Ben Affleck Promises A Big Change In Tone In Justice League


If you’ve been anywhere near a discussion about Man of Steel or Batman V Superman: Dawn of Justice, you’ll have heard one major complaint: “It’s tooooo dark!” While it’s a bit of a simplistic criticism, I think they’ve got a point.

Zack Snyder, for better or worse, clearly takes these heroes’ psychological and personal problems dead serious, resulting in some occasionally painfully po-faced melodrama in which it becomes perilously difficult to take seriously a super-powered space alien debating with a billionaire dressed up as a bat.

Spooked by the critical mauling that Batman V Superman received, it’s commonly assumed that Warner Bros. realized they needed to adjust course quickly and that if Justice League was a humorless slog it ran the chance of killing the whole DCEU project. Hence getting Joss Whedon in to finish the film and reportedly engaging in last minute reshoots to inject a couple of gags.

Now, Ben Affleck and Gal Gadot have directly addressed this change of tone in a recent interview:

“Justice League is a big change tonally because you now have the personalities of all these different characters coming together and it gives you a chance to infuse a lot of humor into the scenes. For Bruce, he’s having to open up and play well with other because he knows he needs them ,so while he doesn’t lose sight of how serious the threat is, he’s humanized by the Flash’s earnestness, Diana’s warmth, even Aquaman’s needling.”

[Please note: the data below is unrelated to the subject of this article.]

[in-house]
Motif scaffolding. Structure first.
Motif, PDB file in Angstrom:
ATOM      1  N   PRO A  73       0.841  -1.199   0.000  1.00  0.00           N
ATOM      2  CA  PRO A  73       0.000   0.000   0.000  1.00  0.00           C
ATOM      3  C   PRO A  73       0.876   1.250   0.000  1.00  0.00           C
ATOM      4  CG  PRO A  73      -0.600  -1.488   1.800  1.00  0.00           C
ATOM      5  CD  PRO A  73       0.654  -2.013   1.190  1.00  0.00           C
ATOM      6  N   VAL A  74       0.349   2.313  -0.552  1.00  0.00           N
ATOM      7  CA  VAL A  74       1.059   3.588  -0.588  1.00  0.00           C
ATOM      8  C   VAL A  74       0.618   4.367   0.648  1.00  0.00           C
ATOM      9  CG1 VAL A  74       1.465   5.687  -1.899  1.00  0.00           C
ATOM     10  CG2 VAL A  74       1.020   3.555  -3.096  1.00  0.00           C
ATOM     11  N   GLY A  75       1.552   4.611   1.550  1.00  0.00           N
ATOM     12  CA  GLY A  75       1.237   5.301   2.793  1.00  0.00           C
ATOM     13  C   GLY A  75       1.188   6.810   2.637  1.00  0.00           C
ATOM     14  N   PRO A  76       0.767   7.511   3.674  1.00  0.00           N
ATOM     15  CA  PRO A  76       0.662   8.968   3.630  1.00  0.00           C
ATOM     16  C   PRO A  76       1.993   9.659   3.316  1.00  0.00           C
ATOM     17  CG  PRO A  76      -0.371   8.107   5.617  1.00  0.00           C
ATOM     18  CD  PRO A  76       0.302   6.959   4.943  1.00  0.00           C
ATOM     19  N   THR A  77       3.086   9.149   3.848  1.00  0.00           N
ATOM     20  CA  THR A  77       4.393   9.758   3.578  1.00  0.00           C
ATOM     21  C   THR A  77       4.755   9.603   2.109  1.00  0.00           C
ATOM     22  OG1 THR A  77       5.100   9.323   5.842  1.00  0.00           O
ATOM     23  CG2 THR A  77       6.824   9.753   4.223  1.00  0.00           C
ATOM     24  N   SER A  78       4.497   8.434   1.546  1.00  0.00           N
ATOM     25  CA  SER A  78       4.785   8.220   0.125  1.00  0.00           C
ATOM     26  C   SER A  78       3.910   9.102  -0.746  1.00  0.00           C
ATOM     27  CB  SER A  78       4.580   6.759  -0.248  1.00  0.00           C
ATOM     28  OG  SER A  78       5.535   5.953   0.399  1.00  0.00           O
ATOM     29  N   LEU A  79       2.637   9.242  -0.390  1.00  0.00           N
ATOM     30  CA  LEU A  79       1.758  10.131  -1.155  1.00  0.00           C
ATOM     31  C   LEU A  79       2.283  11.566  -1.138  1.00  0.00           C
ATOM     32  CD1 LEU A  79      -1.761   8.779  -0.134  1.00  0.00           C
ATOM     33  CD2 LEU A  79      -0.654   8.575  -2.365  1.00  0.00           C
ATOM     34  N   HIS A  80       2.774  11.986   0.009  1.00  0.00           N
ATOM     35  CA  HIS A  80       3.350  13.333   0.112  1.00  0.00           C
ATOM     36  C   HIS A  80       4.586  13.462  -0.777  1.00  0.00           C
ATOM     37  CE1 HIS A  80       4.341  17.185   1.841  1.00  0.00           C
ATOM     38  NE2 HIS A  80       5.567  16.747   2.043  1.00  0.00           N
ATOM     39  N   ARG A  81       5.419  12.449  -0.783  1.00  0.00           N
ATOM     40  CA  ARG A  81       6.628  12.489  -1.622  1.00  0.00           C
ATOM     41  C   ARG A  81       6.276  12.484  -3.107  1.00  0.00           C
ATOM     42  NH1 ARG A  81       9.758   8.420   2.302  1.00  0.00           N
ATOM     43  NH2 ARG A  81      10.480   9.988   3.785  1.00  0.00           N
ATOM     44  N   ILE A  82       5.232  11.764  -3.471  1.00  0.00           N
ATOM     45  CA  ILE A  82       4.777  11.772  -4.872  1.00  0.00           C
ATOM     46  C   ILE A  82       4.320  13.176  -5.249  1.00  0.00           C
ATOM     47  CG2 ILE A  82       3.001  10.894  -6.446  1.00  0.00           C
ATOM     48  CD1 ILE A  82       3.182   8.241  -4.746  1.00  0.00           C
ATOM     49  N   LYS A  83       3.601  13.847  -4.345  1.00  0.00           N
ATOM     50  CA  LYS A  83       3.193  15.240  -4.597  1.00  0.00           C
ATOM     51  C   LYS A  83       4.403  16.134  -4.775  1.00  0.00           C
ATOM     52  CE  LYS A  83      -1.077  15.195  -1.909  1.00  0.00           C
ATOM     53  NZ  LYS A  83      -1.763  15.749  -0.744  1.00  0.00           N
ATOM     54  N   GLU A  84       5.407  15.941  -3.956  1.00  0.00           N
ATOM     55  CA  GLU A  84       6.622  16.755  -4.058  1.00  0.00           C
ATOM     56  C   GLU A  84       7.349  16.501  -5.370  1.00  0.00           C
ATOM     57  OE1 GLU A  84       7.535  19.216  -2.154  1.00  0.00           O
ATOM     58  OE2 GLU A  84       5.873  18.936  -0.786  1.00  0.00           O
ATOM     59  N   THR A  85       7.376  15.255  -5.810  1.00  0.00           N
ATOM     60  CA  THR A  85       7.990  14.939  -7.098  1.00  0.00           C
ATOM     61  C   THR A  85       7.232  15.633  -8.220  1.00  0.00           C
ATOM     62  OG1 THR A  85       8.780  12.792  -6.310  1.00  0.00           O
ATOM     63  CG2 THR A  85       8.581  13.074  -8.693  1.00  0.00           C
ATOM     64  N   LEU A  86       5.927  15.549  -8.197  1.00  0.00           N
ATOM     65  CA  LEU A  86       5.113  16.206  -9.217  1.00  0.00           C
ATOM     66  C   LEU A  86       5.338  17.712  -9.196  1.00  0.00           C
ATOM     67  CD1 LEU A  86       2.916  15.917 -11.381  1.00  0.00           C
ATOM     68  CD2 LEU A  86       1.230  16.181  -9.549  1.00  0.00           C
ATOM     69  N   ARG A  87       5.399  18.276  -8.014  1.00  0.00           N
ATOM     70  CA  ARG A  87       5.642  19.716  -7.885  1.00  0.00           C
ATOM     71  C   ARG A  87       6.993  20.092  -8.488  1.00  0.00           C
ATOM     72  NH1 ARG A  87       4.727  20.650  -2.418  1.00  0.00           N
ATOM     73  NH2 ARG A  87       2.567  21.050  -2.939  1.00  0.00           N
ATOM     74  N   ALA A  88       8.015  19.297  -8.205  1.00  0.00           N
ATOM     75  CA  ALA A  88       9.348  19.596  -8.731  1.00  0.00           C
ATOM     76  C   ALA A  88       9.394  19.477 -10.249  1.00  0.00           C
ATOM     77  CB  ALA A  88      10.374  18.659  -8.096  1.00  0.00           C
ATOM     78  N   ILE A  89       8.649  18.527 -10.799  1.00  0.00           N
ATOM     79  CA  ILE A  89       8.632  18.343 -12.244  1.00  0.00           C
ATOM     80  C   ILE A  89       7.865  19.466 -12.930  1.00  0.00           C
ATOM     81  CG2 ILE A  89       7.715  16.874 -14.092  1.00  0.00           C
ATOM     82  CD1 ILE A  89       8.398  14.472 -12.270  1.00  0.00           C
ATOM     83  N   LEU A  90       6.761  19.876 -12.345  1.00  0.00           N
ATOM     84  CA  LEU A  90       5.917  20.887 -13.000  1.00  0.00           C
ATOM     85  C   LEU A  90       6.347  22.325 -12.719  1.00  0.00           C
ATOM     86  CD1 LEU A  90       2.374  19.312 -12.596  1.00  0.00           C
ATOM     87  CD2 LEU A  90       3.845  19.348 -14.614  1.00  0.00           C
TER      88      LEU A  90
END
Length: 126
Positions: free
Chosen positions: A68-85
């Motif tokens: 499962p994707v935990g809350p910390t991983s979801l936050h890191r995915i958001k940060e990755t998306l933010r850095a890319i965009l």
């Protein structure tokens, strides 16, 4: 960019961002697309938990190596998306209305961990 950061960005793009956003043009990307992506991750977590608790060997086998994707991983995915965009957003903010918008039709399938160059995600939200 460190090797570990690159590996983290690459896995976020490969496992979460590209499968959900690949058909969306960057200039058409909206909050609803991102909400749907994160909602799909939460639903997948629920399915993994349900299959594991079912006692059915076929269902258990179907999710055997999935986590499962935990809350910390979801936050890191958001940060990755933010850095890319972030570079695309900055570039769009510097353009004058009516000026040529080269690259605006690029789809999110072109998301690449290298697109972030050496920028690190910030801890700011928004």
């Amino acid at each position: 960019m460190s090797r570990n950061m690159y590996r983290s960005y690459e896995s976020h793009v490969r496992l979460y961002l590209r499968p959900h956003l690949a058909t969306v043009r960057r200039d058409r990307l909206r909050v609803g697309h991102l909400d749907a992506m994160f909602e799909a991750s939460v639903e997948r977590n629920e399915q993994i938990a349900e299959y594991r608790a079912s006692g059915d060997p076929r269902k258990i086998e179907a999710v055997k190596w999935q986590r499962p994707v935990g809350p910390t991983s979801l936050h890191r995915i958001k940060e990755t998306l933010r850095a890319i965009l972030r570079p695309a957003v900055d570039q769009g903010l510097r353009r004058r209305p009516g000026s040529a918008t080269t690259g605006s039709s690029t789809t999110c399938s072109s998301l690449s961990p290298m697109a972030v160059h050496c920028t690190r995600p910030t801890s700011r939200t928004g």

Given how much of a gloomy git Batman was in BvS, it sounds right that it’d take the combined strength of the world’s most powerful superheroes to yank free the stick so firmly shoved up his ass. Furthermore, perhaps the key ingredient in any ensemble film is chemistry between the various characters, and Gadot promises that in spades:

“The goal of the team is intense – they have to save the world, after all – but the humor that comes into it from all of these characters trying to work together, some of them with more experience, some with essentially none, results in a lot of laughter and playful banter that I believe audiences will really enjoy.”

I hope so, too. Wonder Woman managed to pull off the balance between peril and humor perfectly, balancing a sincere look at the horrors of World War I with a beautifully pitched fish out of water story ably conveyed by the unexpectedly great comic chops of Gal Gadot. I guess we’ll find out if Warner Bros. have successfully transplanted this atmosphere into Justice League pretty soon. Word is they’re still chopping and changing the film in response to test audience criticisms, so at the very least it sounds like they’re desperate for a populist crowdpleaser in the MCU mold.

Justice League hits cinemas next month, on November 17th.